In response to concerns about the external validity of study results, several authors and focus group participants have advocated for study designs that may compromise internal validity to some extent, by shifting away from the explanatory RCT, in order to address real-world effectiveness [2, 4, 7, 18, 42, 4447, 55, 57, 58, 6380].

“…I think the effort like the Canadian group CIMDRN to look at long-term outcomes, where there’s natural selection of various treatment groups, I think will be very helpful over the long term because of the challenges we have in doing strict study designs, and lack of financial supports for long-term studies. This effect to observational studies and looking at outcome differences in naturally, sort of, selected difference maybe as helpful in rare diseases I think as the designed studies.” – Physician 1

Almost 10 years after discussions about explanatory evidence generation for clinical interventions for rare diseases emerged in the literature, the research paradigm of comparative effectiveness/pragmatic evidence generation started to develop (first discussion published in 2001). This paradigm was discussed by half (30/60, 50%) of studies included in this review, and was first mentioned by Wilcken in 2001 [7]. Like the previous research paradigm, most of the reports that discussed this paradigm were methodological review articles that focused on rare diseases in general or a group of rare diseases (21/30, 70%), rather than a single rare disease. Wilcken suggested that for some rare diseases, conventional RCTs remained possible, but for others, observational studies with historical controls could be used to evaluate treatment effectiveness [7]. Since that initial publication, many authors have discussed research designs that take a more pragmatic approach to evaluating treatment effectiveness in rare diseases, and often explicitly attempt to include a broader patient population and longer-term observation in natural settings. These designs include: pragmatic clinical trials, observational studies (e.g., cohort studies and registries, case series, case reports), and hybrid designs that incorporate both randomization and systematic observation [2, 4, 18, 42, 4447, 55, 57, 58, 6380].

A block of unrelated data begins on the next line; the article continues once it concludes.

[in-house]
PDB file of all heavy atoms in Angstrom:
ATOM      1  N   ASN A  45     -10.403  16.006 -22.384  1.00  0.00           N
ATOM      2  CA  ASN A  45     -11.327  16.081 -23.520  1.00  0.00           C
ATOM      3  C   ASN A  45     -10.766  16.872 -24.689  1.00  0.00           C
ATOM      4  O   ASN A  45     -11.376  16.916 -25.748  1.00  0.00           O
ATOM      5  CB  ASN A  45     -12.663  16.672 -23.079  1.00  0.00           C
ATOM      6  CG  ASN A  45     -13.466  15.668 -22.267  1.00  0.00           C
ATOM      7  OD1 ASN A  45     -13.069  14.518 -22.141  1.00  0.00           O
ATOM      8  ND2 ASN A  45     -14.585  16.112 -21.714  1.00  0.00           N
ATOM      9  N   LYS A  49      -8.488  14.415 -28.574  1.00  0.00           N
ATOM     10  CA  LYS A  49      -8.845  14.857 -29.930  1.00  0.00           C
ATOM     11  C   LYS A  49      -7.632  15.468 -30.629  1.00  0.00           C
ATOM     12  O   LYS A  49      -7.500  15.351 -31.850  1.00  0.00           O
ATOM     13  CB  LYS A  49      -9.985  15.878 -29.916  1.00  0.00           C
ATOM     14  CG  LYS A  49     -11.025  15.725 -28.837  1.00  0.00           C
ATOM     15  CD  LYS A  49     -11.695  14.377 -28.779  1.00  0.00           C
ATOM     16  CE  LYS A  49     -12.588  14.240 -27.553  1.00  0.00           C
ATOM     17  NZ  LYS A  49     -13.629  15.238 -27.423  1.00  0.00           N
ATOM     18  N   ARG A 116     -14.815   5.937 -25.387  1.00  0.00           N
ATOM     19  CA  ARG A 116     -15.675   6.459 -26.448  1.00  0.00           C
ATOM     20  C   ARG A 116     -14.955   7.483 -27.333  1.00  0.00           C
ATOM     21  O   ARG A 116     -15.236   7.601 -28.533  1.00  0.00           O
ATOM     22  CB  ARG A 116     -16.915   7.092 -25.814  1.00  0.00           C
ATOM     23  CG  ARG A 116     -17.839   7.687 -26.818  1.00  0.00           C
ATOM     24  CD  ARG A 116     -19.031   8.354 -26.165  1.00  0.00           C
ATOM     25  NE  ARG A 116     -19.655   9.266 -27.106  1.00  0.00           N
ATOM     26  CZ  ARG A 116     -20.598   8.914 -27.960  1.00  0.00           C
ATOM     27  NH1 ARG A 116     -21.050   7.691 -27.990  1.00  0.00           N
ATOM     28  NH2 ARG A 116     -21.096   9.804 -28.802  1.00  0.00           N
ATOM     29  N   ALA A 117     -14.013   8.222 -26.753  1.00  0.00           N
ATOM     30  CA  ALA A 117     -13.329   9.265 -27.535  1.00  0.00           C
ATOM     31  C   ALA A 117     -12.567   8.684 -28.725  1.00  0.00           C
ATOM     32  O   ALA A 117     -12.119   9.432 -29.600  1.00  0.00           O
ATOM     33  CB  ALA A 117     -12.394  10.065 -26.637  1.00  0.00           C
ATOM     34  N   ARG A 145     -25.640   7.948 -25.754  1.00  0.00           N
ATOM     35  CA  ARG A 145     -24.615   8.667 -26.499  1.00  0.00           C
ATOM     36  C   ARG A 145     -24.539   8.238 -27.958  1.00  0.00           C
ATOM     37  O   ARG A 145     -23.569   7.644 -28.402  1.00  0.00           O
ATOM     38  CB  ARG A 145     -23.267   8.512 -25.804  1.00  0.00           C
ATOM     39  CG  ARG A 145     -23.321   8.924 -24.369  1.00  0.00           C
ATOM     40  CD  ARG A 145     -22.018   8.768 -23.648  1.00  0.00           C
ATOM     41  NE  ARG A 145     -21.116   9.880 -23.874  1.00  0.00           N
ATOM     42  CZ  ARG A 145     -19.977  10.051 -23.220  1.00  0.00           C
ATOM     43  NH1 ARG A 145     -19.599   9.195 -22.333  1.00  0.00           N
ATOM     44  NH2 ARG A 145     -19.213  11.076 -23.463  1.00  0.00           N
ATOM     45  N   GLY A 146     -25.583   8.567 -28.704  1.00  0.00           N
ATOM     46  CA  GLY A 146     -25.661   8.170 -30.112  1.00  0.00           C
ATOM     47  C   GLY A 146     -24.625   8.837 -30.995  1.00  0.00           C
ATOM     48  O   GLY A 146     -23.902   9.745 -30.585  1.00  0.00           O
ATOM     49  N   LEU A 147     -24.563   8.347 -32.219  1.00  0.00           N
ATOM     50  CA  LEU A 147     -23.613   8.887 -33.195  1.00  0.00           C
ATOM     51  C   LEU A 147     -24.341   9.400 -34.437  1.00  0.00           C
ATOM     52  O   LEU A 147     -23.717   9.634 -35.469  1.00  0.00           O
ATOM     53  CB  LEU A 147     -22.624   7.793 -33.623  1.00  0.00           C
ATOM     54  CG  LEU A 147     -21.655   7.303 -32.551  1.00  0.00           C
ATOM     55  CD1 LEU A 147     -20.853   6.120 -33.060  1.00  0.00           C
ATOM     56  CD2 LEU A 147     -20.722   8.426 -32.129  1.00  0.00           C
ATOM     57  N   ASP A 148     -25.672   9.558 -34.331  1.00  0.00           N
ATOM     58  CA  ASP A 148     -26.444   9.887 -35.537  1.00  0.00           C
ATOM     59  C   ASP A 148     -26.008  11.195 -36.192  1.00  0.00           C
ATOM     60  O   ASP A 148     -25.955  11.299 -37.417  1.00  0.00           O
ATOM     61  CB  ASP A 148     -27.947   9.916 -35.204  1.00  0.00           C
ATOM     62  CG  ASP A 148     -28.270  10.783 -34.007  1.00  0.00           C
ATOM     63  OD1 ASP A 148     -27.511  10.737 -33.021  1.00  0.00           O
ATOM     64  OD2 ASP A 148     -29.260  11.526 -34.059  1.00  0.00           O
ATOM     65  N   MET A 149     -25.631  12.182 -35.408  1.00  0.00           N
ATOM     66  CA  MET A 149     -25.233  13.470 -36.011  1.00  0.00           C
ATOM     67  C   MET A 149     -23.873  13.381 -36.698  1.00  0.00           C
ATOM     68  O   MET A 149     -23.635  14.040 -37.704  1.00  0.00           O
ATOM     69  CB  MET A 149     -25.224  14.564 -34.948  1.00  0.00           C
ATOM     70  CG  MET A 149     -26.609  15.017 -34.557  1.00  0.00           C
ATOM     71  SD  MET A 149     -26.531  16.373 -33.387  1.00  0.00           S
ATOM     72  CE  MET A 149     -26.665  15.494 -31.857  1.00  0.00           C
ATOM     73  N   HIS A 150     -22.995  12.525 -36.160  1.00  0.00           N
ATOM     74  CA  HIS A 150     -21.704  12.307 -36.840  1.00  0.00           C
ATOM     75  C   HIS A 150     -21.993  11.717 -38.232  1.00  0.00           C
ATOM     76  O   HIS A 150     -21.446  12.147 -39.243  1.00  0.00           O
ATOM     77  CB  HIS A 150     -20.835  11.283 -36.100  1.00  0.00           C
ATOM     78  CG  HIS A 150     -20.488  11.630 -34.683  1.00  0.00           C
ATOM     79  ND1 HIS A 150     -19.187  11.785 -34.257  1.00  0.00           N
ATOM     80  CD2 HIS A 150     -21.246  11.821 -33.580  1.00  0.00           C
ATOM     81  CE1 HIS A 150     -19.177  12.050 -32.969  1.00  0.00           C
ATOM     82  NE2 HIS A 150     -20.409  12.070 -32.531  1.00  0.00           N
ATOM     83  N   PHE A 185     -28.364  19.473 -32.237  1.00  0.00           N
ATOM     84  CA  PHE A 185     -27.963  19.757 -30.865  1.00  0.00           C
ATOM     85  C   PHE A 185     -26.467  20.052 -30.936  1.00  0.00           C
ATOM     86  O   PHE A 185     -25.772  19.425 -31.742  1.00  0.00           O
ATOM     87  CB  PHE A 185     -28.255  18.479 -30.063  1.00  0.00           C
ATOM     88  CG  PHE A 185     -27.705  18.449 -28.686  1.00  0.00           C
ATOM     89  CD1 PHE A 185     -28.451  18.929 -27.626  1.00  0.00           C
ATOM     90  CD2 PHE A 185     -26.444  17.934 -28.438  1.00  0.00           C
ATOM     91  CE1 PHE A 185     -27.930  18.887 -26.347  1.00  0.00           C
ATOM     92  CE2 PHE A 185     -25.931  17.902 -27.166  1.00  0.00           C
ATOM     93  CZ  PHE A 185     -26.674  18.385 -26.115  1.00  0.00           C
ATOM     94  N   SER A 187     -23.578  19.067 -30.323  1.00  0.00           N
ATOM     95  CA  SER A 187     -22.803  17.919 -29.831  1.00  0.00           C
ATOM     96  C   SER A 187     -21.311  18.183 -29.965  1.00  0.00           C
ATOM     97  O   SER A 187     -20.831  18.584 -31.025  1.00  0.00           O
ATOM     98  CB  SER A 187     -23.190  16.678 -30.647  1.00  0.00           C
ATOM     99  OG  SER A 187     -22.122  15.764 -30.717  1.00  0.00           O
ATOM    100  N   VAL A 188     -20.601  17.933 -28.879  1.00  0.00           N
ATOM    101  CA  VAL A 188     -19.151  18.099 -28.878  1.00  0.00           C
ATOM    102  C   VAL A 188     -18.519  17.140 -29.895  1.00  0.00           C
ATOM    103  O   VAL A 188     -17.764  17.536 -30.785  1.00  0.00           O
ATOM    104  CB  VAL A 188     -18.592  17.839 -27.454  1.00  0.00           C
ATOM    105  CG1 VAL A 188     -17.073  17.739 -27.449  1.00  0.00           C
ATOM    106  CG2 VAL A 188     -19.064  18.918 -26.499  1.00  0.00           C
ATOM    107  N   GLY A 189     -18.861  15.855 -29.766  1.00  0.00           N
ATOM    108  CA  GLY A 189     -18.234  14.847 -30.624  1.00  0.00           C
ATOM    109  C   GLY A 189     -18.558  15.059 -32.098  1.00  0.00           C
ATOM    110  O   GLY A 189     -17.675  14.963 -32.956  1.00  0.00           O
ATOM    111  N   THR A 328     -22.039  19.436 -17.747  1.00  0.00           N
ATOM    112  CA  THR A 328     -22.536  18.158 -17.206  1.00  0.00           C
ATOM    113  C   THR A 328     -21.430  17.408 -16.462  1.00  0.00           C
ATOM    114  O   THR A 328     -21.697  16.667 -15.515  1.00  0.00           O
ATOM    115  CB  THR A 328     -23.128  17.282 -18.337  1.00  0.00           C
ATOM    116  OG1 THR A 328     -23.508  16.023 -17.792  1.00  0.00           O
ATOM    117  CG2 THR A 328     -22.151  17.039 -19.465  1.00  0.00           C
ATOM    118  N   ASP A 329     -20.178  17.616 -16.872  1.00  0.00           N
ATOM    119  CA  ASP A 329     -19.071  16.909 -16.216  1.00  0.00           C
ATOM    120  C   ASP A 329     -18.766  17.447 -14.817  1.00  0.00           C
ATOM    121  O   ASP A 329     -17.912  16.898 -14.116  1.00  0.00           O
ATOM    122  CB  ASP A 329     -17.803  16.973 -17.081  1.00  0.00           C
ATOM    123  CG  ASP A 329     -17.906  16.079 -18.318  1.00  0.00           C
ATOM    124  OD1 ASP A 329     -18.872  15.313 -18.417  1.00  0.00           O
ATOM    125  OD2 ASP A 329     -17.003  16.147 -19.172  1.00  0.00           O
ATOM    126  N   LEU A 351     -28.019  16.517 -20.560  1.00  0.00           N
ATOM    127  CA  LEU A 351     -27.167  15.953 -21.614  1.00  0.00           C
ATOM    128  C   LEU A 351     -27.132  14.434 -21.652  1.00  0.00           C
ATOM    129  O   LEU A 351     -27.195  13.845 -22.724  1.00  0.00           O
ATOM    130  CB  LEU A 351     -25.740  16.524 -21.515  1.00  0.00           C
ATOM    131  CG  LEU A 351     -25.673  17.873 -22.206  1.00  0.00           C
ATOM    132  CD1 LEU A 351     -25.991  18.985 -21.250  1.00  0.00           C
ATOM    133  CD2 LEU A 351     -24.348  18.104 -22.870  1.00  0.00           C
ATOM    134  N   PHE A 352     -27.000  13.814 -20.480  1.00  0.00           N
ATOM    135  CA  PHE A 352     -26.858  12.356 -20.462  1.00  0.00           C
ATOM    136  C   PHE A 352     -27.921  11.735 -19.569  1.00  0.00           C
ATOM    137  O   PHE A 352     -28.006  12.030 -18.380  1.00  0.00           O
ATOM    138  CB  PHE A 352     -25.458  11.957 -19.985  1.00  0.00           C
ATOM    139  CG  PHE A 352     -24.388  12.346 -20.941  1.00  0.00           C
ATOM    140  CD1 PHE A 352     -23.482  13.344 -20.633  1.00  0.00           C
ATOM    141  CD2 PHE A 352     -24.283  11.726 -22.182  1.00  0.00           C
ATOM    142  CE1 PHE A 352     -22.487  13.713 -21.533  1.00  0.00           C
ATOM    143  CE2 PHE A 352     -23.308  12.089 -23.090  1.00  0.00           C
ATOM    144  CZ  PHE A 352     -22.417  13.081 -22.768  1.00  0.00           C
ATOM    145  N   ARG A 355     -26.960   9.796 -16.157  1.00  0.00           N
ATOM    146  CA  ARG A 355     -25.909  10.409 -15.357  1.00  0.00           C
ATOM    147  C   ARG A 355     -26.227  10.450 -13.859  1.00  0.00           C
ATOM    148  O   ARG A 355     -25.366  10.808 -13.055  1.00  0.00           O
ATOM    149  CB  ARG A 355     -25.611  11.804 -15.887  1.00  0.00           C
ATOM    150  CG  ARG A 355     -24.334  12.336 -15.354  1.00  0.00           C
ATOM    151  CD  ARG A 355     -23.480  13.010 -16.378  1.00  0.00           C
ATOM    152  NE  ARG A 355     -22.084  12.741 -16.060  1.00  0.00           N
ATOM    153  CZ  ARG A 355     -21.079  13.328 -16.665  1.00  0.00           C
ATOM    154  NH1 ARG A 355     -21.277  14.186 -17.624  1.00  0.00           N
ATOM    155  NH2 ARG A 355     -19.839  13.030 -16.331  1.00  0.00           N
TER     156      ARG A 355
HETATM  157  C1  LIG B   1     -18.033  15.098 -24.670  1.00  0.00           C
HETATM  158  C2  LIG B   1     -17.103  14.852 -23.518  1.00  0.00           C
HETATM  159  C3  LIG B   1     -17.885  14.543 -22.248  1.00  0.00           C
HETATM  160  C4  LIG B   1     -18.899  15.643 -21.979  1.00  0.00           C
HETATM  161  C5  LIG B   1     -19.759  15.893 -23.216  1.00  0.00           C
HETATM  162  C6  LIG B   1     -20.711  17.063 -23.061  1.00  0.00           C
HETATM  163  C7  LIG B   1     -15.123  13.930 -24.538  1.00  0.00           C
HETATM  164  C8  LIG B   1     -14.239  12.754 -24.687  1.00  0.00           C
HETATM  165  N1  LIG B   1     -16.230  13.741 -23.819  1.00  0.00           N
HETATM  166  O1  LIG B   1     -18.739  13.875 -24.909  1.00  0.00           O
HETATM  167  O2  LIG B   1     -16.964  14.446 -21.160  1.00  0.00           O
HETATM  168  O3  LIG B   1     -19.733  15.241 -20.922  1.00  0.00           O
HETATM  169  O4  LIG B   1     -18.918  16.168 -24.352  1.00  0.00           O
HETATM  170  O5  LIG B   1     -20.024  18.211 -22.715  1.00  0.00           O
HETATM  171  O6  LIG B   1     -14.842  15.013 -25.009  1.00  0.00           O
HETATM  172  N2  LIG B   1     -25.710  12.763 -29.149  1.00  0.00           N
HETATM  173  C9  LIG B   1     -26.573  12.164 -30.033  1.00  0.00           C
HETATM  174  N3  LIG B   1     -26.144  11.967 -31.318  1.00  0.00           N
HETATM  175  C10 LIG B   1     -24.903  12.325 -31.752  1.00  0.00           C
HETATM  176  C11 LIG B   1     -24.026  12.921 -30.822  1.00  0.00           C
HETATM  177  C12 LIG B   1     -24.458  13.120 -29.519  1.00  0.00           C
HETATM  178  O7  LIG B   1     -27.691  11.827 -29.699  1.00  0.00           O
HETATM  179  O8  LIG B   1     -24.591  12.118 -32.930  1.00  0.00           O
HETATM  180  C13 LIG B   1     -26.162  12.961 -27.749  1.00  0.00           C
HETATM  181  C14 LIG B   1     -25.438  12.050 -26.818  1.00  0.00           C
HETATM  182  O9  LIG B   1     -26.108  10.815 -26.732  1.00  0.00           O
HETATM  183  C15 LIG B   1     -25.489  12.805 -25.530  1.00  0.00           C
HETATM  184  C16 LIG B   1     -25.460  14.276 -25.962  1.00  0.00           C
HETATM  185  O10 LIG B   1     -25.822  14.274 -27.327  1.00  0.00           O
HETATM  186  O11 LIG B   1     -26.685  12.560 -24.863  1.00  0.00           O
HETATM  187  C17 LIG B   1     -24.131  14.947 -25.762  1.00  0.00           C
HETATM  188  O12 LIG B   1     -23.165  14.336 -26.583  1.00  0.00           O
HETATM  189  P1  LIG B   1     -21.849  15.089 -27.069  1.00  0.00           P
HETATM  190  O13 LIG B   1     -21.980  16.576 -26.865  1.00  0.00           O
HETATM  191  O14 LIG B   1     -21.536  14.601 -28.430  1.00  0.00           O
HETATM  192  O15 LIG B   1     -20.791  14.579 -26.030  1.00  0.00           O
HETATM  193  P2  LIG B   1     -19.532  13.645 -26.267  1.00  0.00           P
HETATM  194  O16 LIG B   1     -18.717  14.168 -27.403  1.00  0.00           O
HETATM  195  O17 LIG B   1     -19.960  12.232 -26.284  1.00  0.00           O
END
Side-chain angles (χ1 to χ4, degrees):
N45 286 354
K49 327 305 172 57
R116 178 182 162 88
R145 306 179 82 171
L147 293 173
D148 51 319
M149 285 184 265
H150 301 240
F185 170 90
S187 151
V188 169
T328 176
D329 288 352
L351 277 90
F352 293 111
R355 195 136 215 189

While participants in our focus groups questioned the suitability of explanatory RCTs for establishing effectiveness of clinical interventions for rare diseases, little of the discussion focused on specific solutions to overcome this challenge. Like the previous research paradigm, most of the results presented under the paradigm of comparative effectiveness/pragmatic evidence generation are derived from our meta-narrative literature review.

Incorporating more pragmatic features into RCTs has been suggested as a means to improve external validity while maintaining the element of randomization to help control for unmeasured confounding and maintaining other standard methodological features of explanatory RCTs, such as blinded outcome assessments [18, 45, 57]. These pragmatic RCTs feature design elements that better reflect actual clinical practice, including: enrolling participants with differing clinical presentations, taking into consideration the system of care in which the new treatment will be delivered (e.g., using standard-of-care as a comparator instead of placebo), following participants for a longer period of time, and incorporating outcomes that are meaningful from a patient/care provider standpoint (patient-oriented research will be discussed in the following section) [18, 45, 57]. Authors have criticized pragmatic RCTs because they do still estimate average treatment effects and thus are not necessarily better suited to investigating potential heterogeneity of treatment effects relative to explanatory RCTs [18].